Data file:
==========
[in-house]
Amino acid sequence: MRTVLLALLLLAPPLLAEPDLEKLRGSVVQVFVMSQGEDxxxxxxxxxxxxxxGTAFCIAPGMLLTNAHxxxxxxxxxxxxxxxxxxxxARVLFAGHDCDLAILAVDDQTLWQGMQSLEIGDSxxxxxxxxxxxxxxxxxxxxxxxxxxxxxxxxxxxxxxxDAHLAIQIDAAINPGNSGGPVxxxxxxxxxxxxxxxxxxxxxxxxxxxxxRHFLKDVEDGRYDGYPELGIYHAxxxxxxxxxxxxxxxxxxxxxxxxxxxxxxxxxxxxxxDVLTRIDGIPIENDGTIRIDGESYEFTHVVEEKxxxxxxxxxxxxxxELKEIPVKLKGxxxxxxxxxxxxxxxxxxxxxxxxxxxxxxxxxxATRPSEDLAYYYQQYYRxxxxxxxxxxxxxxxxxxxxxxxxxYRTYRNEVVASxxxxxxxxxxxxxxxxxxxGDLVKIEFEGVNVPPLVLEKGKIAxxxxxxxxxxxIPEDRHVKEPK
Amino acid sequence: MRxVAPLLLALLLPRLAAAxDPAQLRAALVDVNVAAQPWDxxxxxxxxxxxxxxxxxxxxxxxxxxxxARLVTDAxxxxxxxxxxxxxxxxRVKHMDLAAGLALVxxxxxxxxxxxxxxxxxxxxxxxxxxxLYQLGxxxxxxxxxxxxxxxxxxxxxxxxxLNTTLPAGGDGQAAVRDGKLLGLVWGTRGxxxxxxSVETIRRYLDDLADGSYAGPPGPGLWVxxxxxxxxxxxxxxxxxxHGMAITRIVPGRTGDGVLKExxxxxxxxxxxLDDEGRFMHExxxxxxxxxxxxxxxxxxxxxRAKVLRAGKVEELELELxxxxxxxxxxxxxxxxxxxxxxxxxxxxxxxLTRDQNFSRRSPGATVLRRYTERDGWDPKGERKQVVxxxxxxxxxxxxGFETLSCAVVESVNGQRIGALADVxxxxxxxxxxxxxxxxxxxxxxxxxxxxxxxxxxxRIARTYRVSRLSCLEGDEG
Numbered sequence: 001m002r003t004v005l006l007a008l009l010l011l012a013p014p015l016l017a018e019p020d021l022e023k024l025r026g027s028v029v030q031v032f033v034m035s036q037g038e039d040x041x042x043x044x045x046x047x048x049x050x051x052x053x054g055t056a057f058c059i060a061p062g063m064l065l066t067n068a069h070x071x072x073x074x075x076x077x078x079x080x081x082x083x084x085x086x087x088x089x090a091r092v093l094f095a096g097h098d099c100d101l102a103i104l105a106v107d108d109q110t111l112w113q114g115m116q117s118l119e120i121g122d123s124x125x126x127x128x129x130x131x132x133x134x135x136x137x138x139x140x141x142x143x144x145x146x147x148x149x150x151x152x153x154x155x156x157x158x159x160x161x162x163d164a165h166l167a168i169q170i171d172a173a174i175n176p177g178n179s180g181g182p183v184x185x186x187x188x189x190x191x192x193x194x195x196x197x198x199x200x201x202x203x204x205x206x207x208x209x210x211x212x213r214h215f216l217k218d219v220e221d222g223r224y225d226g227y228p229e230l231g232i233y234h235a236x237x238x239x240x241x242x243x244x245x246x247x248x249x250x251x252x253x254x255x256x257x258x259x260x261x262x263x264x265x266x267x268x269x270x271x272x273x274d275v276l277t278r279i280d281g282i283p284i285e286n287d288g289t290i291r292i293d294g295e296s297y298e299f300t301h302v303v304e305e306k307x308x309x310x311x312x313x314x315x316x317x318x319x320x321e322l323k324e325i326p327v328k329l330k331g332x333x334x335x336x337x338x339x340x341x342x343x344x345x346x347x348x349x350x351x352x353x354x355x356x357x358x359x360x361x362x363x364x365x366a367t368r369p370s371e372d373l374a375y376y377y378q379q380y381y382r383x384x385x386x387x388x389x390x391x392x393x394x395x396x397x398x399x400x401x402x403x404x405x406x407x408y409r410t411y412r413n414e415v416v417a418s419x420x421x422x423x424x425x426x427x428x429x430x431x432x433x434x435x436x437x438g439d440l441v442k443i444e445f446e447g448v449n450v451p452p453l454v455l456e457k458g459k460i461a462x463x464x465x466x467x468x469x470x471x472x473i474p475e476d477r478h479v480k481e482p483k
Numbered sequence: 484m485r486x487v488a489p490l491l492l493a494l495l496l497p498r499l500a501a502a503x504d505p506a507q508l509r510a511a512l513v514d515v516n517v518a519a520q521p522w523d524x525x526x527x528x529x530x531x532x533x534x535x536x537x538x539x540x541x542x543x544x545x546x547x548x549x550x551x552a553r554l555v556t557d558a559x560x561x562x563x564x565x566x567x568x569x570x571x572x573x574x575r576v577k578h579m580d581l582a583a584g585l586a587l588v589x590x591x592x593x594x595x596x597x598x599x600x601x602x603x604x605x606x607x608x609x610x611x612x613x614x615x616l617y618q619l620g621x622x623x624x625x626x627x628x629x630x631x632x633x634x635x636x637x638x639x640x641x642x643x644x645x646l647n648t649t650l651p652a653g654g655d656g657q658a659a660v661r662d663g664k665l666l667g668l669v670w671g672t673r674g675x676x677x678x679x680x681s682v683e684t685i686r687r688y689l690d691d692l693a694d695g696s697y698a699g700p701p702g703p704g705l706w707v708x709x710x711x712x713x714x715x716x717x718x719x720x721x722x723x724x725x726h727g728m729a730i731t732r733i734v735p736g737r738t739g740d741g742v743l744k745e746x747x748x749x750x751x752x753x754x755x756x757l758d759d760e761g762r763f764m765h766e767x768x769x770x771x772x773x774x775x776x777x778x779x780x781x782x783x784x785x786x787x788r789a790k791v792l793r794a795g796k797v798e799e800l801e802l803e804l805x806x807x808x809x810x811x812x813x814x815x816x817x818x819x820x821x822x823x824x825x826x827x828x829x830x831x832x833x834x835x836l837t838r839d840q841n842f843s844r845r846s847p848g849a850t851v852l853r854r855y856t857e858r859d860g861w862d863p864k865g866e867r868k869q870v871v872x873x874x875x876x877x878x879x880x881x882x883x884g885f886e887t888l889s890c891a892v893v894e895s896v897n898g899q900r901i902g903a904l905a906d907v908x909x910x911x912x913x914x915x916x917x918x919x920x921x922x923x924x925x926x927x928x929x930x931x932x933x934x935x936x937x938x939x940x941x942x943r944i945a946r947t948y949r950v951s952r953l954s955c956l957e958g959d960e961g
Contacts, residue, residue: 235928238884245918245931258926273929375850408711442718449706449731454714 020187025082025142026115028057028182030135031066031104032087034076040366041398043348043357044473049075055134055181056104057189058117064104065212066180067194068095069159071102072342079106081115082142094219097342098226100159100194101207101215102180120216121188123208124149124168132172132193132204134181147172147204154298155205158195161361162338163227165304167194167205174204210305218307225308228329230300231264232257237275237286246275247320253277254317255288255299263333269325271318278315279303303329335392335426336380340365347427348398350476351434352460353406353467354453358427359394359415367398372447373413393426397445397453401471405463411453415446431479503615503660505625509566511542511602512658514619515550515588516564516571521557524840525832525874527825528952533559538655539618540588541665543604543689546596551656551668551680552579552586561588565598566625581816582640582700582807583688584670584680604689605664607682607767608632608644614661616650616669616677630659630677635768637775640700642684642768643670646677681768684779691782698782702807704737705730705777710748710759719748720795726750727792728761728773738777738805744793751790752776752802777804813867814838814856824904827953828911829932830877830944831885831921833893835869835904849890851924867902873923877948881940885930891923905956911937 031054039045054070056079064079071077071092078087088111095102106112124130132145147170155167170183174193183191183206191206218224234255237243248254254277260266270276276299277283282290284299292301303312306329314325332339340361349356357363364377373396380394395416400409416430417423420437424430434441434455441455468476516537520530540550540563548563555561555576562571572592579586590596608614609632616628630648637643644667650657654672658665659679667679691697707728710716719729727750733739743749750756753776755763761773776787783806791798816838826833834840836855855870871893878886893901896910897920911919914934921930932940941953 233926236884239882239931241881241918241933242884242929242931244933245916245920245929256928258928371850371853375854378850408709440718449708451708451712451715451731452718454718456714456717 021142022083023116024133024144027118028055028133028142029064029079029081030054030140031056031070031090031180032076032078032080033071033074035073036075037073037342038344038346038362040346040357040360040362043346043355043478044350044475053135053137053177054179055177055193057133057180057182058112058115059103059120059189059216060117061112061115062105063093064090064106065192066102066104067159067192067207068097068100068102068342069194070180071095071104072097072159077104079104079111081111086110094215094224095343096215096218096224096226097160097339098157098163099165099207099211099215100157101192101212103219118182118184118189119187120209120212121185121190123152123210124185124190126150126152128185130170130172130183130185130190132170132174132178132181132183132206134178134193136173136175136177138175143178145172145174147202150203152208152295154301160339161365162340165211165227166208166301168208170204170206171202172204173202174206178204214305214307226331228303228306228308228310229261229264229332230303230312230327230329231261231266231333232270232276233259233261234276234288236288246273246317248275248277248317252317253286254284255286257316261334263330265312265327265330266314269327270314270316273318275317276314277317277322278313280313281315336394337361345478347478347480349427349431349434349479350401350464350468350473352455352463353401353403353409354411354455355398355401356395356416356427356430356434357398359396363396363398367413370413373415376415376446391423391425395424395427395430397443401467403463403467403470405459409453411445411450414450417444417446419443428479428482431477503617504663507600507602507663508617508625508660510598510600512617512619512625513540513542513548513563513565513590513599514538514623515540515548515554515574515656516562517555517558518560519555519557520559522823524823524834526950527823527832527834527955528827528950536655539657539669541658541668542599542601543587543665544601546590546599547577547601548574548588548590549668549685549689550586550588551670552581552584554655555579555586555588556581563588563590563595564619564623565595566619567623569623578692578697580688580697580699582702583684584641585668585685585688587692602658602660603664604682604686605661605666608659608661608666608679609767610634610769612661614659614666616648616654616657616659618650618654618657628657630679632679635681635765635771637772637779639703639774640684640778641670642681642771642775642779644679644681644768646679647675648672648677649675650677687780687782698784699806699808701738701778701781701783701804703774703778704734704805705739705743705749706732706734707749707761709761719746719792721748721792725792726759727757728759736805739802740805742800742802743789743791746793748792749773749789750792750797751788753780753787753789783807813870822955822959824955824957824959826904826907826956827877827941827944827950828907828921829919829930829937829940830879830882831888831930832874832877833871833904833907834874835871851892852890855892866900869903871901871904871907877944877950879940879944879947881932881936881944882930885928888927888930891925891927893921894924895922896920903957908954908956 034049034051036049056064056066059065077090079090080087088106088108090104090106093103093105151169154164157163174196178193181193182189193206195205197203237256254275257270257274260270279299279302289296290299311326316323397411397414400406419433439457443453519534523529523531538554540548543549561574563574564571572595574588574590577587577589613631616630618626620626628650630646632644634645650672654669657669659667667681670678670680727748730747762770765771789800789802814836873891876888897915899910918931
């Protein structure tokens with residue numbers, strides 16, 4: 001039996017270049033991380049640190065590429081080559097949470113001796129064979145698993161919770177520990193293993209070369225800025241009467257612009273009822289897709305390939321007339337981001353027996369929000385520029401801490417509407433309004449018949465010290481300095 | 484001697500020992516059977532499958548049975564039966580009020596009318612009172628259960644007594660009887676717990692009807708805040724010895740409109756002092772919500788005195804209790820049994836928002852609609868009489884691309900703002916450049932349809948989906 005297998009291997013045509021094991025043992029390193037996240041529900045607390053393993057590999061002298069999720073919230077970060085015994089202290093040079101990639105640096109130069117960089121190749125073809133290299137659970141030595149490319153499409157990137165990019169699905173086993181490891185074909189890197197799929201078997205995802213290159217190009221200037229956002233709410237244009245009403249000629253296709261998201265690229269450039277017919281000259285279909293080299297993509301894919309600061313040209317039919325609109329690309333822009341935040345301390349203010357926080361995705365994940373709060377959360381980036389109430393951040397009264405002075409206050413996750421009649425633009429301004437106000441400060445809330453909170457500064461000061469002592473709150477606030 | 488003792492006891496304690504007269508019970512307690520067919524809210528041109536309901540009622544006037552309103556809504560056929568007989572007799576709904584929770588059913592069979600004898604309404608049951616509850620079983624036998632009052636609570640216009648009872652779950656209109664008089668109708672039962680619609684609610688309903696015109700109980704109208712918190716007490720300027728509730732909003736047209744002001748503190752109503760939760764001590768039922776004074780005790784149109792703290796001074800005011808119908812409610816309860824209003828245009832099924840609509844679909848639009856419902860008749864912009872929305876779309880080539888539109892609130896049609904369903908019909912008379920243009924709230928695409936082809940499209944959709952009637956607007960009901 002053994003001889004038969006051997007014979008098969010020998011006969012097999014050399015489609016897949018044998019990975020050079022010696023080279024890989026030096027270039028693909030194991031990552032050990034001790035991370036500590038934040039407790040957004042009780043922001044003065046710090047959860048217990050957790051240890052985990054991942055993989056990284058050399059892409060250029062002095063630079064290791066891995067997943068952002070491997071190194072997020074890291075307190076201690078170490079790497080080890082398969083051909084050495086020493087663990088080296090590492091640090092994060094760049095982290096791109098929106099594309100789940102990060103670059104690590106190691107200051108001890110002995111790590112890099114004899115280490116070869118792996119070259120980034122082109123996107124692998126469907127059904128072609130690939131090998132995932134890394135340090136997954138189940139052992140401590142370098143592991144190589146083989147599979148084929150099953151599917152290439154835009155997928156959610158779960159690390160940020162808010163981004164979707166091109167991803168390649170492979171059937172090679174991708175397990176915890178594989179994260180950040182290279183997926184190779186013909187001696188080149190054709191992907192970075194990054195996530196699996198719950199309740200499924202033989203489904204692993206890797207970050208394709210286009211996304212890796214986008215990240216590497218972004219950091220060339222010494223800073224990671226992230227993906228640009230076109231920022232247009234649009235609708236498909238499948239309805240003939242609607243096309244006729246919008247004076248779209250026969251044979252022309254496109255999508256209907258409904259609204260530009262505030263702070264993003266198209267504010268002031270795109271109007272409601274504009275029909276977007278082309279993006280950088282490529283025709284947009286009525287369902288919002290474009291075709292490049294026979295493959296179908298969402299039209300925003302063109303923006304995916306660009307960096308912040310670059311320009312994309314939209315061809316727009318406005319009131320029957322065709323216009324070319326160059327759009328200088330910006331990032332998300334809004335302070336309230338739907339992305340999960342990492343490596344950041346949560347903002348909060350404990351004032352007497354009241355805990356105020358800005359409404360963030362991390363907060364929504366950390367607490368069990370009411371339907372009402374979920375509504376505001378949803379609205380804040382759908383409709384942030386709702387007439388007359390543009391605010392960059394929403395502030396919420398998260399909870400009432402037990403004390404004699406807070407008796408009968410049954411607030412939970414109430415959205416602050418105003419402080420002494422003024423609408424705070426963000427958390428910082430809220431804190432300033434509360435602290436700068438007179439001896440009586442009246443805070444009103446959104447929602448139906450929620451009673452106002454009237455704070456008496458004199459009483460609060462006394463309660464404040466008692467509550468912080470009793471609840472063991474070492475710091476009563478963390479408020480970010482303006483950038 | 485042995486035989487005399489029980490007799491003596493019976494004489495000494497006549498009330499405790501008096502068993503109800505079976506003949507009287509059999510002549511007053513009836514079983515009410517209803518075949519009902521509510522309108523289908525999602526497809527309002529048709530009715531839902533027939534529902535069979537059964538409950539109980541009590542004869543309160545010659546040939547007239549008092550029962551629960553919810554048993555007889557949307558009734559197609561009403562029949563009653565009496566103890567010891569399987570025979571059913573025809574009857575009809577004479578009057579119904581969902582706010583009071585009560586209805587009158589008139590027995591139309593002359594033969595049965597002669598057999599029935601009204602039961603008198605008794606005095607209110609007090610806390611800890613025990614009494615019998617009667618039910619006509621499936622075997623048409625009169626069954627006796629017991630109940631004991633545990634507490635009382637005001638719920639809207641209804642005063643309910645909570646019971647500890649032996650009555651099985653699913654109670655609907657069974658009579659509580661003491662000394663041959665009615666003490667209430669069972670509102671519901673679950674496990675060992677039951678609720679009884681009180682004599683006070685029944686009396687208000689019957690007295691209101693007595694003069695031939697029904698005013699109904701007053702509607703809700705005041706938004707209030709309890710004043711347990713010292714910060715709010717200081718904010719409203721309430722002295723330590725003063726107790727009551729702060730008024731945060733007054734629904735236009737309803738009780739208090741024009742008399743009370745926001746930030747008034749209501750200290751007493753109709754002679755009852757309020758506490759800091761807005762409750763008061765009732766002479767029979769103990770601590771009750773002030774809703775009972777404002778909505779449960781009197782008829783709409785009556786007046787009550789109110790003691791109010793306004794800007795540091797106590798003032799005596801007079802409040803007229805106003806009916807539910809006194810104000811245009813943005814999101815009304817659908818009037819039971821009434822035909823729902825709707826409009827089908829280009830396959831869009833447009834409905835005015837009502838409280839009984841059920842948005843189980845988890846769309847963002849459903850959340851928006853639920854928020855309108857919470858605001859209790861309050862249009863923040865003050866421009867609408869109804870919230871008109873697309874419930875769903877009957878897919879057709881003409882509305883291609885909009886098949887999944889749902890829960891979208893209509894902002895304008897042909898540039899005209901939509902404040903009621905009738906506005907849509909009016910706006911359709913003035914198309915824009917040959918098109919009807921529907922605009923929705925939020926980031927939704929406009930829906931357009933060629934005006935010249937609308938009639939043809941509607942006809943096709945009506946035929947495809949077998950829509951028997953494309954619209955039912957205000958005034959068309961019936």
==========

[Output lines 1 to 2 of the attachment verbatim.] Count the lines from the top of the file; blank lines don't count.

[in-house]
Amino acid sequence: MRTVLLALLLLAPPLLAEPDLEKLRGSVVQVFVMSQGEDxxxxxxxxxxxxxxGTAFCIAPGMLLTNAHxxxxxxxxxxxxxxxxxxxxARVLFAGHDCDLAILAVDDQTLWQGMQSLEIGDSxxxxxxxxxxxxxxxxxxxxxxxxxxxxxxxxxxxxxxxDAHLAIQIDAAINPGNSGGPVxxxxxxxxxxxxxxxxxxxxxxxxxxxxxRHFLKDVEDGRYDGYPELGIYHAxxxxxxxxxxxxxxxxxxxxxxxxxxxxxxxxxxxxxxDVLTRIDGIPIENDGTIRIDGESYEFTHVVEEKxxxxxxxxxxxxxxELKEIPVKLKGxxxxxxxxxxxxxxxxxxxxxxxxxxxxxxxxxxATRPSEDLAYYYQQYYRxxxxxxxxxxxxxxxxxxxxxxxxxYRTYRNEVVASxxxxxxxxxxxxxxxxxxxGDLVKIEFEGVNVPPLVLEKGKIAxxxxxxxxxxxIPEDRHVKEPK